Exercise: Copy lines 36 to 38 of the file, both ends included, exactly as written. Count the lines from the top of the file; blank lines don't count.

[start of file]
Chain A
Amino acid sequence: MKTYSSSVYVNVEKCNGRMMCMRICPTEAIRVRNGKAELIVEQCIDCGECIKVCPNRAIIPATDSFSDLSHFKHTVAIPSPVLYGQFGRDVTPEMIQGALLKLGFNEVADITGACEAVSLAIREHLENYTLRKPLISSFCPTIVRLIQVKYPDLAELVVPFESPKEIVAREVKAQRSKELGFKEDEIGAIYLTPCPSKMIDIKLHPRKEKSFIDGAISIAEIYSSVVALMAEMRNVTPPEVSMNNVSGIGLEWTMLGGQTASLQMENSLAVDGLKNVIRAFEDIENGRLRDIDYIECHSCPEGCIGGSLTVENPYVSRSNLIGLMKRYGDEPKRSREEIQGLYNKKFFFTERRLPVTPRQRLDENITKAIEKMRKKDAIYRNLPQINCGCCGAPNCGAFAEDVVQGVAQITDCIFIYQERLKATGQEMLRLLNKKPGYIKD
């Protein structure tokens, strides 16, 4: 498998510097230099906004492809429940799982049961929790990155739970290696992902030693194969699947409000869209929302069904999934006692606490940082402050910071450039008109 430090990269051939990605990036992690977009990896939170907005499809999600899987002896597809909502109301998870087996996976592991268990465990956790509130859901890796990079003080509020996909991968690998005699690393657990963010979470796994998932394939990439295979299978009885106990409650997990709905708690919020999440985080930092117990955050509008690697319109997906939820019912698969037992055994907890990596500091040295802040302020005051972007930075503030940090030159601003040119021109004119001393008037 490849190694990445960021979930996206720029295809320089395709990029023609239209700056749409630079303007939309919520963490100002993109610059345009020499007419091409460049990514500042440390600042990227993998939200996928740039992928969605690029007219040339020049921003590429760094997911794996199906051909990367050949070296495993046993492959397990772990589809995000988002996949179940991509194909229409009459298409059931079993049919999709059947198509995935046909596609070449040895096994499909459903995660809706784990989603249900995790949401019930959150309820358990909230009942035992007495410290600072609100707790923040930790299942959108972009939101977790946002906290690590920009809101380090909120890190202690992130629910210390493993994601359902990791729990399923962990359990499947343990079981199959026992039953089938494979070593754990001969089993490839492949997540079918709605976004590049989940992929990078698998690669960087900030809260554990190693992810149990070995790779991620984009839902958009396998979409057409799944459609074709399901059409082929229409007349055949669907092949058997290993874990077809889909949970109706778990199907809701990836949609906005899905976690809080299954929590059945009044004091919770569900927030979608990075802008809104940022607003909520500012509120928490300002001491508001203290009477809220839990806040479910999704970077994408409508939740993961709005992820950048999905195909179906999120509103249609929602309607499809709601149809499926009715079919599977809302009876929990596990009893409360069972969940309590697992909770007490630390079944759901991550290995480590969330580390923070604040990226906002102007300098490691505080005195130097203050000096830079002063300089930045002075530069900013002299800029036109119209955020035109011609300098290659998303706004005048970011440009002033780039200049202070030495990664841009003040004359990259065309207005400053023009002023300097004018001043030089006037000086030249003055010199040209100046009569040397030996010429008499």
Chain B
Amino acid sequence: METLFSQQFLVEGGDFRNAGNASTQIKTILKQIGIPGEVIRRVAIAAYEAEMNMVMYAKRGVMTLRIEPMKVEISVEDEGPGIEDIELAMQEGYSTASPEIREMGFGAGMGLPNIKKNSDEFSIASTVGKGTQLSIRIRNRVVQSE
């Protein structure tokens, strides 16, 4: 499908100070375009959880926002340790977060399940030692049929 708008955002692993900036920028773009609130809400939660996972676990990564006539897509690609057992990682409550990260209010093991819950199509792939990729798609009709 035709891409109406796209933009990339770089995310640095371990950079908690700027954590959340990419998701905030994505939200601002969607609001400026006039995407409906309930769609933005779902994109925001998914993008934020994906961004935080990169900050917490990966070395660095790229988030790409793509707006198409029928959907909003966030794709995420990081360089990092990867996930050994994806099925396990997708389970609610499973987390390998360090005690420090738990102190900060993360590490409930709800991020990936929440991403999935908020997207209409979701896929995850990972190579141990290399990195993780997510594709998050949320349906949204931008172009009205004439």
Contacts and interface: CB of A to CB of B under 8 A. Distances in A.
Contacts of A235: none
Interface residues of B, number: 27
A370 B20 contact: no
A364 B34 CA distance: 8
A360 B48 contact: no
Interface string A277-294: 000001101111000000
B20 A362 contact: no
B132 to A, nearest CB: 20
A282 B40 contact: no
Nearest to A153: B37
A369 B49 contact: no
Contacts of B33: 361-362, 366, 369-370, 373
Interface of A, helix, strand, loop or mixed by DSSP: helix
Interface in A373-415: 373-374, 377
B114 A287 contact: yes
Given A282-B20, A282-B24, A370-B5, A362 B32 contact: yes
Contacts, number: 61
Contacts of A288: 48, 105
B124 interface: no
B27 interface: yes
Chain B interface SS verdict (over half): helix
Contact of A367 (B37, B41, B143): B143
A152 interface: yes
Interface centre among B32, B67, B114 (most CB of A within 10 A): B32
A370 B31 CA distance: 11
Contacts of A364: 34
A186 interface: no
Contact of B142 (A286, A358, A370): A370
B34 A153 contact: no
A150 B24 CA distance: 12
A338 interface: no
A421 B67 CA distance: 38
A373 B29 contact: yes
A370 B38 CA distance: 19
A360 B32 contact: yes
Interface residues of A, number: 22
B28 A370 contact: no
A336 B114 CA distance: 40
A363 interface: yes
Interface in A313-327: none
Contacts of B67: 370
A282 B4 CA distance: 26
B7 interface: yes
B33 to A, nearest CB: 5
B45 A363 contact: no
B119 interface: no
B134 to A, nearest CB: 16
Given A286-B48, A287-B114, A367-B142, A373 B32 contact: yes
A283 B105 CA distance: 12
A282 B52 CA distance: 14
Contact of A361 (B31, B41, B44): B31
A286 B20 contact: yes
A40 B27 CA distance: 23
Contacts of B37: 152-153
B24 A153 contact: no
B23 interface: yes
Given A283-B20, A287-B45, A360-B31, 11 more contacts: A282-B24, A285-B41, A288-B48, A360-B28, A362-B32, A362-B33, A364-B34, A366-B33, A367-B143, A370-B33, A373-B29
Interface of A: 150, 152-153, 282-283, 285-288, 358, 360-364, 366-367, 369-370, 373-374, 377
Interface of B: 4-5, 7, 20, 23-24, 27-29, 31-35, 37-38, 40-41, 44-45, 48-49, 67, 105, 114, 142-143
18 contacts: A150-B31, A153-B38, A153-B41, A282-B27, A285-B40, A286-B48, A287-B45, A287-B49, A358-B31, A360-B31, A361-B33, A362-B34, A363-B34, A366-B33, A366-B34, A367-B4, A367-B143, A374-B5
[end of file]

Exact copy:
B34 A153 contact: no
A150 B24 CA distance: 12
A338 interface: no